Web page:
I think this comment was meant in response to someone else? I don’t see how it connects to what I said.

        Either way, nobody here is claiming to be omniscient. And no, nobody here is saying that you should pretend issues don’t exist. What we’re pointing out is that you’re wording things like your experience is the only experience anyone ever has. You’re not writing so as to make it known that you’re only speaking for yourself. You sound as though you’re trying to claim your views as the only real ones.

        And that’s bad. Lots of people have opinions that differ to yours, and we have the right to make our own choices as well. When you use broad terms, you erase everyone who has/had a different experience.

      • Christine

        It wasn’t just you, you’re correct, I’m sorry. I tried to post a comment pointing out that there isn’t a need to look at co-correlations before you can get significance. I explicitly stated that there were people who weren’t going to have these problems. And I got a bunch of “how on earth can you find NFP easier than OCs”.

        Charting actually only takes me the alleged 5 minutes a day. When I manage to find a birth control method I will consider myself incredibly lucky if that’s all that’s involved, but clearly I’m crazy to think that charting would be easier if it could work for people, I should stop saying stupid stuff like that.

      • Jayn

        “Charting actually only takes me the alleged 5 minutes a day.”

        While it’s clear you have other reasons for choosing NFP over the pill (and I do sympathise, my own experience was bad enough to shy me away from ANY hormonal method, and I’ve heard worse tales), I don’t think this really makes your case. I’m not saying that you don’t find it easy enough–though some women have reported otherwise–but the pill took me all of 5 seconds. And what you initially said wasn’t that it was easier–I believe you that for you it is–but that it was less work. And I’m have a really hard time believing that that is true for anyone.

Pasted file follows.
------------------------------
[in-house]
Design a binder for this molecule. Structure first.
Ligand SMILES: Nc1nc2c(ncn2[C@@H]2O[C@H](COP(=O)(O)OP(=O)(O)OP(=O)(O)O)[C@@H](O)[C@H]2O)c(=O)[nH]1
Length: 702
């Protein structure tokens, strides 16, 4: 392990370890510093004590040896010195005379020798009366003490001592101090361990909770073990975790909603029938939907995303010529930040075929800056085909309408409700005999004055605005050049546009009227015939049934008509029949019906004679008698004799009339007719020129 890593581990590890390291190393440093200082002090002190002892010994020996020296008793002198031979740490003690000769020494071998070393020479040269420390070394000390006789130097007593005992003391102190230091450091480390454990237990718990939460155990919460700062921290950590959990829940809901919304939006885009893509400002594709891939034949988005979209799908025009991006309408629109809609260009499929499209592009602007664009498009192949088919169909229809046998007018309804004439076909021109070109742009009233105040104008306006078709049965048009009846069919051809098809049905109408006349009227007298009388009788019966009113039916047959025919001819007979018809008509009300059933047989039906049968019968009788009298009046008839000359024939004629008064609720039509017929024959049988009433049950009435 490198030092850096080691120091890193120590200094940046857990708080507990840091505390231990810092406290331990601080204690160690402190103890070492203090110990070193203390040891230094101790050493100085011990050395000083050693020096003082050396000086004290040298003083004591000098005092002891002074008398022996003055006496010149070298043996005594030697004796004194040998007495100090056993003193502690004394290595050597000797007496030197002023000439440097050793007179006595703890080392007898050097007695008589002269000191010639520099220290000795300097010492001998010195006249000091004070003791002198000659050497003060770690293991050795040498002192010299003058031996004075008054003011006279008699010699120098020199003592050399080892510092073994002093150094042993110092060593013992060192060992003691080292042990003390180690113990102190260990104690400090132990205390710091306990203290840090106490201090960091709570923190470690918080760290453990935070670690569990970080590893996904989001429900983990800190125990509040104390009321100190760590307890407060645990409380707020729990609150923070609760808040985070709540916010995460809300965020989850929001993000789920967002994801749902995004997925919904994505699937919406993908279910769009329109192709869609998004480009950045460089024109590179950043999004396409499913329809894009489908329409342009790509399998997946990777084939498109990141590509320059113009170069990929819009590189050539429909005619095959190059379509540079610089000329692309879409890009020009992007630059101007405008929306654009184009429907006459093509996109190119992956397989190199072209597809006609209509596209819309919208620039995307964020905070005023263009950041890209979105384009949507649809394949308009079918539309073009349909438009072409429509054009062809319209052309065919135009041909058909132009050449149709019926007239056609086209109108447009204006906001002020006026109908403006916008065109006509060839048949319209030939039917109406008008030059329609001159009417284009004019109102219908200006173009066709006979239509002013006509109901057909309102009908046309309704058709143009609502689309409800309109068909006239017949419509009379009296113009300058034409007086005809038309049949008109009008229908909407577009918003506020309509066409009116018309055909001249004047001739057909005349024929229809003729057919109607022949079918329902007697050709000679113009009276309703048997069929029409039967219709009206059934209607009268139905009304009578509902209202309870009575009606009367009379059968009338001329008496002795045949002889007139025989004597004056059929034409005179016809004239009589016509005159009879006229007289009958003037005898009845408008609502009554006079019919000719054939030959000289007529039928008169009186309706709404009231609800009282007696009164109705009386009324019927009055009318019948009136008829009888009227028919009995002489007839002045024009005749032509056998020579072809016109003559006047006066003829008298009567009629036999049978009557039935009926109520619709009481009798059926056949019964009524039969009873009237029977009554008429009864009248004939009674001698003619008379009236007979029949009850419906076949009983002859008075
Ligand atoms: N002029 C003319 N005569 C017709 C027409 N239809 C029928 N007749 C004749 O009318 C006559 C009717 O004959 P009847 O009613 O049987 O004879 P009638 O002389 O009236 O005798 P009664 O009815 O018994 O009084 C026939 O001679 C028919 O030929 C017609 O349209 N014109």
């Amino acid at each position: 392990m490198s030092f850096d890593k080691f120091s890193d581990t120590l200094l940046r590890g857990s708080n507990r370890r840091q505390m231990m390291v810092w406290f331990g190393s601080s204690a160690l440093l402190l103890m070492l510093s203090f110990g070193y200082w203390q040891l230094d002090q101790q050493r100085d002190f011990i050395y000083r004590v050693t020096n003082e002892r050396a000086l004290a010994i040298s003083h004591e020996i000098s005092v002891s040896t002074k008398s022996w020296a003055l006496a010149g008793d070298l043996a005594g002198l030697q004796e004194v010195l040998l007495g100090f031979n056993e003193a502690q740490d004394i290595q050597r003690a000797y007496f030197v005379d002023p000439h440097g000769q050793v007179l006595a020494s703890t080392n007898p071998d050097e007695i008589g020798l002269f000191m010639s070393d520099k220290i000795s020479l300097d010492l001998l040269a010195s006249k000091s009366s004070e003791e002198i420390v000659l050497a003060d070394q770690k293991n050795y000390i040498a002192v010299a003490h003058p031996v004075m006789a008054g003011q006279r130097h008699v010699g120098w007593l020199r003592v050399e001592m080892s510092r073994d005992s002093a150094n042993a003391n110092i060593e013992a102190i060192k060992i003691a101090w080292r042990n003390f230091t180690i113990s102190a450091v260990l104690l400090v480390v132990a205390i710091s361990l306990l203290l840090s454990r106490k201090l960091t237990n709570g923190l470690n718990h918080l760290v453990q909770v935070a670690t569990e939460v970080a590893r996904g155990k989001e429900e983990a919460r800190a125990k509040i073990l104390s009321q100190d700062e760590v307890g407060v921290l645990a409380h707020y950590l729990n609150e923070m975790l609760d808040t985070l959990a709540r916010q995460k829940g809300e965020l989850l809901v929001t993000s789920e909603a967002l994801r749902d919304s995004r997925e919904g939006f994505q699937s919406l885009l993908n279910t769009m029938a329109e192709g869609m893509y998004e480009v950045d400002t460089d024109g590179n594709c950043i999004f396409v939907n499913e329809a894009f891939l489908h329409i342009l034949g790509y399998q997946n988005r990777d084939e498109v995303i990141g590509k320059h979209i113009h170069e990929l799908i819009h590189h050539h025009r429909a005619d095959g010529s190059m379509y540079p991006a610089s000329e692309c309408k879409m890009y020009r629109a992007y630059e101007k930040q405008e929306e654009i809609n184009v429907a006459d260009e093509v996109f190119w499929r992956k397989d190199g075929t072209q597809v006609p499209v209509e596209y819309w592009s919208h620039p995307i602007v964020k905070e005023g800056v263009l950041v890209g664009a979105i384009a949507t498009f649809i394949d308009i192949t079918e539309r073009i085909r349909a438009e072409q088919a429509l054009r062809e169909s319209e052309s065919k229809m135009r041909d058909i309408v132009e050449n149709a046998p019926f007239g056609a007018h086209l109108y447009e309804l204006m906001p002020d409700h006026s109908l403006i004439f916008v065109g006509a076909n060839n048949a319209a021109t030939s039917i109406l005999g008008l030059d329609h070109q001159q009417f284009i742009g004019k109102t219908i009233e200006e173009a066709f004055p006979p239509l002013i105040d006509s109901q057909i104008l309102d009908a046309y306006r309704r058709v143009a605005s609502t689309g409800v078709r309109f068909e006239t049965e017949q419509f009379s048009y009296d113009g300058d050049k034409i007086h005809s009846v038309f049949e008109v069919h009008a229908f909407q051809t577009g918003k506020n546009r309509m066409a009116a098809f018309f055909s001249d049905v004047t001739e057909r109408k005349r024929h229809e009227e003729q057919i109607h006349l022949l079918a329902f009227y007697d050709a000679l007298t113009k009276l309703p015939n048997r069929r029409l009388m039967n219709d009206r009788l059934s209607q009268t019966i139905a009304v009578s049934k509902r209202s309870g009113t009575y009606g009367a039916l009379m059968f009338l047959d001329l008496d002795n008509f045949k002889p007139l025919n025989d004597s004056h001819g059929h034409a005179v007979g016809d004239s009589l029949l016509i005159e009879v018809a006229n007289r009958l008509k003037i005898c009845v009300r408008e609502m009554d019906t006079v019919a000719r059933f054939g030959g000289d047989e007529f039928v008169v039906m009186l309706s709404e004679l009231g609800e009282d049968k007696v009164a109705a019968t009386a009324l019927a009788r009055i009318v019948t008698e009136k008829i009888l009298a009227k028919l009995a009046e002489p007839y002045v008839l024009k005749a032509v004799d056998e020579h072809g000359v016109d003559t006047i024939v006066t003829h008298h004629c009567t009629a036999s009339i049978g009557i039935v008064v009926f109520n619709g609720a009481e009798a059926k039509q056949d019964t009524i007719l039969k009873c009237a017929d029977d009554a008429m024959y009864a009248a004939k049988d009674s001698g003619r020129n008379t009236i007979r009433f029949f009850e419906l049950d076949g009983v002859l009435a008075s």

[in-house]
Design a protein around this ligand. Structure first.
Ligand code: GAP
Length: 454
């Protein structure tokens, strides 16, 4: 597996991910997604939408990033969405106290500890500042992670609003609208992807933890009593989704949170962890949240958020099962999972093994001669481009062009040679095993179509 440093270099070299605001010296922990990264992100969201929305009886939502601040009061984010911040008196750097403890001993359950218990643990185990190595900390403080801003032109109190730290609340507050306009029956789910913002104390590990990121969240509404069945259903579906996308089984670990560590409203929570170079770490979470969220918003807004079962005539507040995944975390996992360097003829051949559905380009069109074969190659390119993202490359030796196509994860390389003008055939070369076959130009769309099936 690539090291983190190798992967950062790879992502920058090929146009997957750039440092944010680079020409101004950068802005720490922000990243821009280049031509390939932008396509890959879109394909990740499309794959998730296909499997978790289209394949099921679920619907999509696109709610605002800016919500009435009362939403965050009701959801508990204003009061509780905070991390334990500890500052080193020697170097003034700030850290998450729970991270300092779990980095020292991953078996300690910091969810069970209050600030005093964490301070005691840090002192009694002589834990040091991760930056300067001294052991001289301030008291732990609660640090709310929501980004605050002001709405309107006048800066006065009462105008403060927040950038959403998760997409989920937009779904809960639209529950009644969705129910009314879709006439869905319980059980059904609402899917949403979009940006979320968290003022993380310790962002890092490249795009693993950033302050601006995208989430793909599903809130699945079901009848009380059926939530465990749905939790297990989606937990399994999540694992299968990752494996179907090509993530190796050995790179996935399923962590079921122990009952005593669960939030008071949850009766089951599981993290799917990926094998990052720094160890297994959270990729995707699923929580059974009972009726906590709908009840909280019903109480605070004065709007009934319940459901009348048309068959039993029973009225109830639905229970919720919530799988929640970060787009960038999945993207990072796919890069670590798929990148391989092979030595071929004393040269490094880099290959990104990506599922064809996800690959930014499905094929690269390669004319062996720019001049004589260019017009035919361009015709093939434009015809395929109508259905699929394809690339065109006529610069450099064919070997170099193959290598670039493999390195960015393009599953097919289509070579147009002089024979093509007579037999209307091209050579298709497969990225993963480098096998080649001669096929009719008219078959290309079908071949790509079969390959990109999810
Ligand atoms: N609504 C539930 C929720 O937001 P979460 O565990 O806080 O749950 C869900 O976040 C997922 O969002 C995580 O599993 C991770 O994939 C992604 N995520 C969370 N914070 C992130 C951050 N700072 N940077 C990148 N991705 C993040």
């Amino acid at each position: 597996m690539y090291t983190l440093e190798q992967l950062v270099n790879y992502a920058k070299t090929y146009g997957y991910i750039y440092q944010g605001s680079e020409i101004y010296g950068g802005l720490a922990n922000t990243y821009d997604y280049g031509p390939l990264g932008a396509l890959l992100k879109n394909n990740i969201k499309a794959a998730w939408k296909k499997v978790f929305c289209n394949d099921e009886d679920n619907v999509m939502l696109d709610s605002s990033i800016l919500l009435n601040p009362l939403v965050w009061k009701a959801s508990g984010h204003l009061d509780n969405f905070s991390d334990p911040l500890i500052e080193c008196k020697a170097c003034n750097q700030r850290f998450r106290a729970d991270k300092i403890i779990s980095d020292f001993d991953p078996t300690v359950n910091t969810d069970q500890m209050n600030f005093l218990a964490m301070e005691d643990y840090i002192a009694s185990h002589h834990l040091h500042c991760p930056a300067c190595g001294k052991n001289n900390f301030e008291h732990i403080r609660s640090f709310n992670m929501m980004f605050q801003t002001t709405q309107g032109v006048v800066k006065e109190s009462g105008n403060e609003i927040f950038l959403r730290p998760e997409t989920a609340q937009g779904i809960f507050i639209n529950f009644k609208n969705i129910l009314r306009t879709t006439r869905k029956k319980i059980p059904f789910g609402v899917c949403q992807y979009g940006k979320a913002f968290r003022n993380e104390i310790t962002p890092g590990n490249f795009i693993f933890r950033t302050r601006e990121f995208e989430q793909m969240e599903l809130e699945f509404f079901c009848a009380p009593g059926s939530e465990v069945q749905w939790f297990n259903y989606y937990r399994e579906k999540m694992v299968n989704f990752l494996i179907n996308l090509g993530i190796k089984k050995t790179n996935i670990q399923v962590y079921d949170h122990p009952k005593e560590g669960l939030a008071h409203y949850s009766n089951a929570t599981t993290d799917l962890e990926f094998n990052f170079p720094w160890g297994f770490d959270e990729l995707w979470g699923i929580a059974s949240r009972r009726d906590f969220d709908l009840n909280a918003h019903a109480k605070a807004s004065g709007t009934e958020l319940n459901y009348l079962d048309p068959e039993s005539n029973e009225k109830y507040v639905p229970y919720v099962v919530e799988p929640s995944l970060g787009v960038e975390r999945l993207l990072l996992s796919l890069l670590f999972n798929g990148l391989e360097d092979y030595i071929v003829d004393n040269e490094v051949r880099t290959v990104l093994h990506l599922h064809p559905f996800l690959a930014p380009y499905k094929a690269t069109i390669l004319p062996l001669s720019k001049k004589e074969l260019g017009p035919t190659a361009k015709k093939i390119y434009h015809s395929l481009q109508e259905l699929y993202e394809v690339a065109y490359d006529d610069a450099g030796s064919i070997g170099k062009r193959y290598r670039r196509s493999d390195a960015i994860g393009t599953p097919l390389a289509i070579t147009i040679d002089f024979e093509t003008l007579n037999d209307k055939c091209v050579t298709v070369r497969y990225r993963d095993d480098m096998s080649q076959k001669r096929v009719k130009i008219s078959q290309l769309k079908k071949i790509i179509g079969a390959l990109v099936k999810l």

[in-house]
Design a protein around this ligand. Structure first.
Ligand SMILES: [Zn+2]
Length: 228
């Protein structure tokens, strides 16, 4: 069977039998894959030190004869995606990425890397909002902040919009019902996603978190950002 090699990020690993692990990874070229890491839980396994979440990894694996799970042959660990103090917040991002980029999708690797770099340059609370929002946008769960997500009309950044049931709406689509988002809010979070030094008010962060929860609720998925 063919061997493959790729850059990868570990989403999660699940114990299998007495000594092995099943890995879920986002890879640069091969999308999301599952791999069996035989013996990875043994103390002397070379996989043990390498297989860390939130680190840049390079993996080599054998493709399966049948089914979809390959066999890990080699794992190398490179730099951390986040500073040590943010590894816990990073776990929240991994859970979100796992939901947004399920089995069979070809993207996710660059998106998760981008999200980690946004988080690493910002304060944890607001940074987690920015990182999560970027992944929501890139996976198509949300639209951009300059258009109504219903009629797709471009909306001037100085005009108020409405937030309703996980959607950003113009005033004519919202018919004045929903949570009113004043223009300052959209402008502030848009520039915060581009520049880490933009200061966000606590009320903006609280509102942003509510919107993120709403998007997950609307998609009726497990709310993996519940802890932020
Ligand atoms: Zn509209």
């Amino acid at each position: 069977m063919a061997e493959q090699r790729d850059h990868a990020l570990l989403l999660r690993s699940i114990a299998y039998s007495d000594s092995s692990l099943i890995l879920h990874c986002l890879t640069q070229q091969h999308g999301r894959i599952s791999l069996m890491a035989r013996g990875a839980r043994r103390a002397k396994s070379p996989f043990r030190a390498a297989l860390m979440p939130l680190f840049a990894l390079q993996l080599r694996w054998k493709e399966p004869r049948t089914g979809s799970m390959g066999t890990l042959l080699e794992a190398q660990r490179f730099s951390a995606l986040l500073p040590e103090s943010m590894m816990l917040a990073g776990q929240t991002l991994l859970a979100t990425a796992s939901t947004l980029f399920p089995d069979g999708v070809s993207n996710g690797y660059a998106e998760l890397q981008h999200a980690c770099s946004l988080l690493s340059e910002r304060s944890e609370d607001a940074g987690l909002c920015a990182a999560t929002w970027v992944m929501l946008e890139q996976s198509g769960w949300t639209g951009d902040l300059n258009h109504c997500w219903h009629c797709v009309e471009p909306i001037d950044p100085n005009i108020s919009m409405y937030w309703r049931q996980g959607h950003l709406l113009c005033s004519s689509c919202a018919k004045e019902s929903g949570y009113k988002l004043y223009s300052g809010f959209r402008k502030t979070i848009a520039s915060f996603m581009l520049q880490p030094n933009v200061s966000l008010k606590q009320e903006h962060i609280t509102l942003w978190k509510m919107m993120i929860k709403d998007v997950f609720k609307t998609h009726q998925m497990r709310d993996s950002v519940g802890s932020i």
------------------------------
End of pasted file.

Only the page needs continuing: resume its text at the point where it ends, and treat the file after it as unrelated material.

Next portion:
(And boy do I hope I’m not splitting hairs here, but ‘easier’ and ‘less work’ do have different connotations to me)

      • Christine

        Oh, I know there are worse, I only threw up once a month at most once I got the wrinkles ironed out, and I never had depression or anxiety severe enough to be certain that the pill was causing it (until I went off.)

        I am the last person to say that asking for clarification of nuances. When I said “less work” I was more meaning the emotional work (which was less about the constant clock-watching and more about having to psych myself up to do it). And honestly, if you managed to keep taking the pill down to 5 seconds a day, you are super-organized. I agree that most people aren’t going to need 5 minutes to take the pill (if I didn’t, you’re almost certain to not), but the time I listed was to point out how little extra time was involved, assuming of course that you are bootlegging your own charts, otherwise the half hour every 6 months to get more is going to negate the half hour ever 12 weeks to get more pills.

      • Captain Cassidy

        There are a great variety of birth control methods that don’t mess with your hormones. Every one of them takes less than 5 minutes to use. Taking a pill takes about 5 seconds a day and for most women that’s all the fuss there is about it (I was on it for years and didn’t experience any side effects beyond a bit of weight gain). Later I did Depo-Provera, which is a shot every few months–want to average out what a 30-minute doctor’s appointment is over 90 days, over the 5ish years I was on it? Later still I got sterilized, which settled things for once and for all. That’s been about 15 years, and it took I guess all told a few days out of my life–what kind of time per day might that be?